A Taco Bell franchise owner reportedly hid his mother’s death for over two decades in order to continue receiving her benefits from Social Security.
Bellevue, Washington resident Raymond C. O’Dell continued to receive checks that belonged to his deceased mother long after she passed away. Although the woman died back in 1989, the man continued to receive money from the United States government.
According to reports, the Taco Bell franchise owner scored approximately $200,000 in benefits over the span of 23 years. O’Dell told authorities that he continued to receive and cash his mom’s checks because he was in a world of financial hurt at the time. However, he later earned a whopping $4 million after a successful venture into the world of fast food.
Since he continued to receive the checks while making tons of money from his Taco Bell restaurants, the man’s attorney said there was really no way for him to alert authorities to the situation without shining a very bright spotlight on his fraudulent behavior.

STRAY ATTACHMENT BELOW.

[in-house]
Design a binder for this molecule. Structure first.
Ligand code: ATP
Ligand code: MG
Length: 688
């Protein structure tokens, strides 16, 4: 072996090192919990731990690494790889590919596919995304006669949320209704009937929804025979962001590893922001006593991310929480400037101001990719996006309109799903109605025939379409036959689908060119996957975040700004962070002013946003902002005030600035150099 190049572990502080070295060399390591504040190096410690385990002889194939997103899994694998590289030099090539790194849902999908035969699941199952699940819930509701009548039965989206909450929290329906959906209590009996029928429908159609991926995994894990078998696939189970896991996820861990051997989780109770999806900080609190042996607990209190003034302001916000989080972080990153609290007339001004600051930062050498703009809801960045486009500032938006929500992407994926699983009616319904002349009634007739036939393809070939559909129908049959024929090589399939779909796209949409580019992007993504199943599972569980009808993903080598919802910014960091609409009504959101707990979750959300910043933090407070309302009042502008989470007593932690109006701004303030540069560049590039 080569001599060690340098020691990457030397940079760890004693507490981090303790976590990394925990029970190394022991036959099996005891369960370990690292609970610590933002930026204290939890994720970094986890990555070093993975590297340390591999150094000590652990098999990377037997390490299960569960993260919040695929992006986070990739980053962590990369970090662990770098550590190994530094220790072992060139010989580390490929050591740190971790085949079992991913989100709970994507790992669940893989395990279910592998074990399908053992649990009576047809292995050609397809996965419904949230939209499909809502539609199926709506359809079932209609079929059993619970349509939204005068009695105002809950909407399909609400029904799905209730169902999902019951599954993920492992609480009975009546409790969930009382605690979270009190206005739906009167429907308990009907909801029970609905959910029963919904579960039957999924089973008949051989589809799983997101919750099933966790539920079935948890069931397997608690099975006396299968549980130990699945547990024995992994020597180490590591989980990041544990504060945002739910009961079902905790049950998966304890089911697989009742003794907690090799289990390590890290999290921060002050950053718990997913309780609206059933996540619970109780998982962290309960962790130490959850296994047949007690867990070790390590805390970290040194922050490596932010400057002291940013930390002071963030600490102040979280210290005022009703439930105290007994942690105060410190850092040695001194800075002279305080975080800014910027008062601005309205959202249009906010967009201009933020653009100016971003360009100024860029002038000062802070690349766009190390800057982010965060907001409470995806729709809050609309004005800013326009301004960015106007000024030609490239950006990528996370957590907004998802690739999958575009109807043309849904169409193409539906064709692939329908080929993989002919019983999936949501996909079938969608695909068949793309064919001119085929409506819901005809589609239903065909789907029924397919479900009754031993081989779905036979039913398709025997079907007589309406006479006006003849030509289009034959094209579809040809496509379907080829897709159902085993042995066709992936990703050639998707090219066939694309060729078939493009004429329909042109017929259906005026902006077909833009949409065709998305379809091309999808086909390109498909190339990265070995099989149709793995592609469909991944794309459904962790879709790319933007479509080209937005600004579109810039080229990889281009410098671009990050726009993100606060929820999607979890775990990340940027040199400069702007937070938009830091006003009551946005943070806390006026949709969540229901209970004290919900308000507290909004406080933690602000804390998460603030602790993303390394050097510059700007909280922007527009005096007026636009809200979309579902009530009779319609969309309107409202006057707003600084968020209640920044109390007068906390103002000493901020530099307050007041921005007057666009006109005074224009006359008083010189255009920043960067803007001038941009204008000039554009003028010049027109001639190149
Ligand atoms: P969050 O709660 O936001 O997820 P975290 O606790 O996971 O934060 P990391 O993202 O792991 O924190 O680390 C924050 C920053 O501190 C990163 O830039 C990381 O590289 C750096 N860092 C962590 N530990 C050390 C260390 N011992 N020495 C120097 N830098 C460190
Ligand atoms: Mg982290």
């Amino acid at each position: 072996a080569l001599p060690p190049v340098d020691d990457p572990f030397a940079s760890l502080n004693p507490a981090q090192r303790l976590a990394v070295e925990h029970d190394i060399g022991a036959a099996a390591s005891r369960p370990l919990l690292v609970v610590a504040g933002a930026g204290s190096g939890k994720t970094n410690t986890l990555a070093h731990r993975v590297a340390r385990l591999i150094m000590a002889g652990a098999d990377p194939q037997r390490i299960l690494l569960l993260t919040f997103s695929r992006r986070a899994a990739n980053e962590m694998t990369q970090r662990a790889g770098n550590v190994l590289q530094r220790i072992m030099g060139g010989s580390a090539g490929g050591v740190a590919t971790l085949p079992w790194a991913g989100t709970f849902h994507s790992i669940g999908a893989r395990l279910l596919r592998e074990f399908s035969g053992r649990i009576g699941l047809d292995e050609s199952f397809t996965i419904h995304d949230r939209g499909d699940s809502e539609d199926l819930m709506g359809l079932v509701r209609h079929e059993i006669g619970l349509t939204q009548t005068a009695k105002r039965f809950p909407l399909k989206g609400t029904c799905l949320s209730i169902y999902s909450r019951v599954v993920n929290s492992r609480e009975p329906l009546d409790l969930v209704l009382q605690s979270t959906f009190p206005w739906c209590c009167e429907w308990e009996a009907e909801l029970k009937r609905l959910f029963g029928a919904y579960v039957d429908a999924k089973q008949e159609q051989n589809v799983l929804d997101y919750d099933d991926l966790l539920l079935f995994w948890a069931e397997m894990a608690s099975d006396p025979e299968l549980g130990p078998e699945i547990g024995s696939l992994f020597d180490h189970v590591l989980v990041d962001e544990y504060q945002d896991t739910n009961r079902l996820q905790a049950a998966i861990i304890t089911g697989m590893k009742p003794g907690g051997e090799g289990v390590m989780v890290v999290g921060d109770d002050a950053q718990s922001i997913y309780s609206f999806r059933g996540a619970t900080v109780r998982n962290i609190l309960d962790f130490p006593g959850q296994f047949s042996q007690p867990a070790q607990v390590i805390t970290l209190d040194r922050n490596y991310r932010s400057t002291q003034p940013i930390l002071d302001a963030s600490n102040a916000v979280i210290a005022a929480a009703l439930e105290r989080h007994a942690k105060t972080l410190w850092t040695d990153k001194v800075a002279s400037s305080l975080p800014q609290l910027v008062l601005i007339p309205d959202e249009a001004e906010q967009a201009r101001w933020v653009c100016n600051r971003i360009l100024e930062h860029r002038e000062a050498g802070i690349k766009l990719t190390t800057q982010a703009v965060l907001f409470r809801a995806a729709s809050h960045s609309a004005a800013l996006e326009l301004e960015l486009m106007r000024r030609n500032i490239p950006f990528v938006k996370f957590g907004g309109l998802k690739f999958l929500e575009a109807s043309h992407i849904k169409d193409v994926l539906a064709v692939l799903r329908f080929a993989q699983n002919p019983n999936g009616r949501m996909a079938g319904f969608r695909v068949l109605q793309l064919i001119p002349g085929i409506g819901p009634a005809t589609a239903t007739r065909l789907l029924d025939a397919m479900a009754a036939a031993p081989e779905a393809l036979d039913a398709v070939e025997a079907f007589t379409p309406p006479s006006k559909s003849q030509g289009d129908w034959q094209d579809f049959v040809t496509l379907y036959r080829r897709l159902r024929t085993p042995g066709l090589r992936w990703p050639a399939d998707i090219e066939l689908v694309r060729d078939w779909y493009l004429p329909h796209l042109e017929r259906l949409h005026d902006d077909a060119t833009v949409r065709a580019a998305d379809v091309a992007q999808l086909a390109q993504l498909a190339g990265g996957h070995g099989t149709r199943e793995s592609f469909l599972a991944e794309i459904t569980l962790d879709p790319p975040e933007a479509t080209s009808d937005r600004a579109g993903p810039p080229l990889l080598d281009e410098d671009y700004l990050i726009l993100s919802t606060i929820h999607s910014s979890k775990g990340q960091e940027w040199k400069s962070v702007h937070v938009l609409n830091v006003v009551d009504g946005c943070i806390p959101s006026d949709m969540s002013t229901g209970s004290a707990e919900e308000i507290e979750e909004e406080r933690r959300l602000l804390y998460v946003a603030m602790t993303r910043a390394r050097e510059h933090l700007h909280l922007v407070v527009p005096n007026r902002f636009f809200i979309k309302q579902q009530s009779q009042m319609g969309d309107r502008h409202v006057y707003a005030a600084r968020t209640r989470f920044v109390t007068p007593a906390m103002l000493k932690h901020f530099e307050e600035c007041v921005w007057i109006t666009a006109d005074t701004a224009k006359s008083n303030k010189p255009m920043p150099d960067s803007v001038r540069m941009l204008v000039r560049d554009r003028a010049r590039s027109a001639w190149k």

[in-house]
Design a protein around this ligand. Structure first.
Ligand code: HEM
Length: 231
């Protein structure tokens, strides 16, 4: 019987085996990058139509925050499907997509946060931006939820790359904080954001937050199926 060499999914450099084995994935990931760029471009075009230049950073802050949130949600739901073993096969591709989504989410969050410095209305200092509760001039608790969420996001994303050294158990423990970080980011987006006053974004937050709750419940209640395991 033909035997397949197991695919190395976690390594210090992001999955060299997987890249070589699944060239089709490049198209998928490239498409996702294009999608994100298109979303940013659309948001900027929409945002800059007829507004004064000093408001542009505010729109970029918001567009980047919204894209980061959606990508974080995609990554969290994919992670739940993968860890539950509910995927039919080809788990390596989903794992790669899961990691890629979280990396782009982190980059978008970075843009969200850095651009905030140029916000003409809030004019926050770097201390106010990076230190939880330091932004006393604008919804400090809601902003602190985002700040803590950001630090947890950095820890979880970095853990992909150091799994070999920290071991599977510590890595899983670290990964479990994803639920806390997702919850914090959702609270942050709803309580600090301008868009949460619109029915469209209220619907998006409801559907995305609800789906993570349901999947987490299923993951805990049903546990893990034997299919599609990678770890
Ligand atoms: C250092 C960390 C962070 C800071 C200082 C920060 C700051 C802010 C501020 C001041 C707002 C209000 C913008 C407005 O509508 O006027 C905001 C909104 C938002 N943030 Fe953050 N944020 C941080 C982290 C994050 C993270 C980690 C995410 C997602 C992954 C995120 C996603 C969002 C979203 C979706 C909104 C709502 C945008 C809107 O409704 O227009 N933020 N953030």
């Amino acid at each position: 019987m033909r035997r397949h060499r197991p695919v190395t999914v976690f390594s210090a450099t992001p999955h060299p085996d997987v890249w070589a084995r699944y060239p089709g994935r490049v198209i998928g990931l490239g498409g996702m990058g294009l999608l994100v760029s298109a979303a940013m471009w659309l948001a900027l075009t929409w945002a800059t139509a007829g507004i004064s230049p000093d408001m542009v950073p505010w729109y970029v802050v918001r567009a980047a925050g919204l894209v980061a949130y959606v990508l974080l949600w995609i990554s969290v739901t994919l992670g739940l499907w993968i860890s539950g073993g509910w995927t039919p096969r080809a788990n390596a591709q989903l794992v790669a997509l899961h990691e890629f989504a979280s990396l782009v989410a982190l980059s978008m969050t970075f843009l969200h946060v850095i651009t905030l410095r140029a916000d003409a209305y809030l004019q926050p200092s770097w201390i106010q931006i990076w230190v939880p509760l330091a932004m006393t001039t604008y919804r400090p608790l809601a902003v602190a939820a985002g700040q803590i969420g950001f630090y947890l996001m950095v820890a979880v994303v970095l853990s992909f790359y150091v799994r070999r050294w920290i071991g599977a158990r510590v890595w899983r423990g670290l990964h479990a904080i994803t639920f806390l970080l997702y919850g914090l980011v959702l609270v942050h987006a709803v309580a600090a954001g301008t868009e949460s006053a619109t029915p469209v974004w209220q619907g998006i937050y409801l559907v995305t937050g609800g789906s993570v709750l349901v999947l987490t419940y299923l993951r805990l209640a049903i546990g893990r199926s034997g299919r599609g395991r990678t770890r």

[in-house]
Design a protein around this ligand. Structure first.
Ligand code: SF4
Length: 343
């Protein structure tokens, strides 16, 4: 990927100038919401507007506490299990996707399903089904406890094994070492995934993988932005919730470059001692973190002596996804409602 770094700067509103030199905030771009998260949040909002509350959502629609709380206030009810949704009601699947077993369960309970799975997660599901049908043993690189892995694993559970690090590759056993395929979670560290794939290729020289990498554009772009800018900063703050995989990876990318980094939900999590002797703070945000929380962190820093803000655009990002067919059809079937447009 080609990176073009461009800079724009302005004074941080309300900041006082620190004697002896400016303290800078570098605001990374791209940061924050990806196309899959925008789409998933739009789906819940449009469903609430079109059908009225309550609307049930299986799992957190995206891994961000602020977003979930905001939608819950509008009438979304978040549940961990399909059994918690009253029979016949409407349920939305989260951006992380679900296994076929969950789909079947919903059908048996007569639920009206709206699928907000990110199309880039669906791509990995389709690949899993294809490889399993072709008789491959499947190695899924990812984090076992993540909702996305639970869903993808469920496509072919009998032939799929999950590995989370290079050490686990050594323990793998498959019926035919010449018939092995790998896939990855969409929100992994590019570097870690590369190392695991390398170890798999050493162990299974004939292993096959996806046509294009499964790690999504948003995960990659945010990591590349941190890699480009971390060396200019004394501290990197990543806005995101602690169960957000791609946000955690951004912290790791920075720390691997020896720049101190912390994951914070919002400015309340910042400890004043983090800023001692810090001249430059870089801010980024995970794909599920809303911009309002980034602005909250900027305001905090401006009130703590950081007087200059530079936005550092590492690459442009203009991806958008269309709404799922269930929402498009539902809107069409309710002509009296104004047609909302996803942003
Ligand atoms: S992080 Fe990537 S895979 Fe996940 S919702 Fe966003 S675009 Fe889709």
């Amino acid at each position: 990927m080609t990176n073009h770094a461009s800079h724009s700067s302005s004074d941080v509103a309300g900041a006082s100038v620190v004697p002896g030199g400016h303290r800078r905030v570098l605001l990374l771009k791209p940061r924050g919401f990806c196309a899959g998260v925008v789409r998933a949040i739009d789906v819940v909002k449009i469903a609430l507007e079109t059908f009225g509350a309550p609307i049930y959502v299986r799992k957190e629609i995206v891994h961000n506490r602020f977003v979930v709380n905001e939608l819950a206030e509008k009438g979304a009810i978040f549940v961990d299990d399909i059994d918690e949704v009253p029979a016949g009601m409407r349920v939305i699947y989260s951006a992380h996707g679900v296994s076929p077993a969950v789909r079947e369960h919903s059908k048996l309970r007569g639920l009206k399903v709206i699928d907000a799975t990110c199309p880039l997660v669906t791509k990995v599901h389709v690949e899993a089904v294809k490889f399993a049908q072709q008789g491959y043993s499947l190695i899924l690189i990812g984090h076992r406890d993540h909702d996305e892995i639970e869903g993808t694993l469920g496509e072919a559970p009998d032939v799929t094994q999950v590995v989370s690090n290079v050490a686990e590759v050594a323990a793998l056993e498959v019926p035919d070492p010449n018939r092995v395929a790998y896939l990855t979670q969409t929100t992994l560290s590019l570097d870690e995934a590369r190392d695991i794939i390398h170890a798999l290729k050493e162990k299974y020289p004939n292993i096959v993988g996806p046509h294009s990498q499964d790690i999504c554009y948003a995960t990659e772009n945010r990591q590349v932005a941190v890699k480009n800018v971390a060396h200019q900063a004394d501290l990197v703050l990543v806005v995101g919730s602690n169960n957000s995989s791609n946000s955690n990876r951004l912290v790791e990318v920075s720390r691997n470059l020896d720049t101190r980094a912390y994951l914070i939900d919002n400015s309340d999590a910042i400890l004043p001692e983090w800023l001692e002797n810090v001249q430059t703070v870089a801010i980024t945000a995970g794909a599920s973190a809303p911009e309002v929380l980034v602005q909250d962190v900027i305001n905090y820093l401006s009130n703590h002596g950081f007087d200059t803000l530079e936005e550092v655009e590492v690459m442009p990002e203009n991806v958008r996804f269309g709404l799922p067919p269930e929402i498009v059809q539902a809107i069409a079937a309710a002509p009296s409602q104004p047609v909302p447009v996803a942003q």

His attorney explained:
“While none of this is offered to excuse or attempt to justify [the defendant’s crime, it simply describes a desperate, but good man, who saw an opportunity to provide for his family’s health in 1989, when he was at his lowest point, and took it. Like making a deal with the devil, however, once that decision was made there was no way out.”
Authorities said that the Taco Bell franchisee also stole $100,000 worth of benefits from the Ohio Public Employees Retirement System. While O’Dell has yet to address those charges as of this writing, he’s expected to enter a plea of guilty later this month.
For fraudulently cashing $200,000 worth of Social Security benefits, O’Dell is facing up to six months in jail. It’s unclear how much time he’ll do for his scheme involving the Ohio retirement system. Special Assistant U.S. Attorney Seth Wilkinson was particularly irritated that the benefits ended up in the hands of a wealthy man.
“Social Security fraud cases often involve genuinely impoverished persons who steal to improve an otherwise desperate existence. While those circumstances do not excuse theft from social programs, they mitigate the crime. Here, however, [O’Dell] has had a lucrative business career as the owner of fast food restaurants and real estate.”
After serving six months in a federal detention center for cashing his deceased mother’s Social Security checks, the 70-year-old Taco Bell franchisee owner will spend an additional six months under house arrest. In addition to paying back the money he stole, O’Dell is likely to become ineligible for benefits due to the fraud charges.
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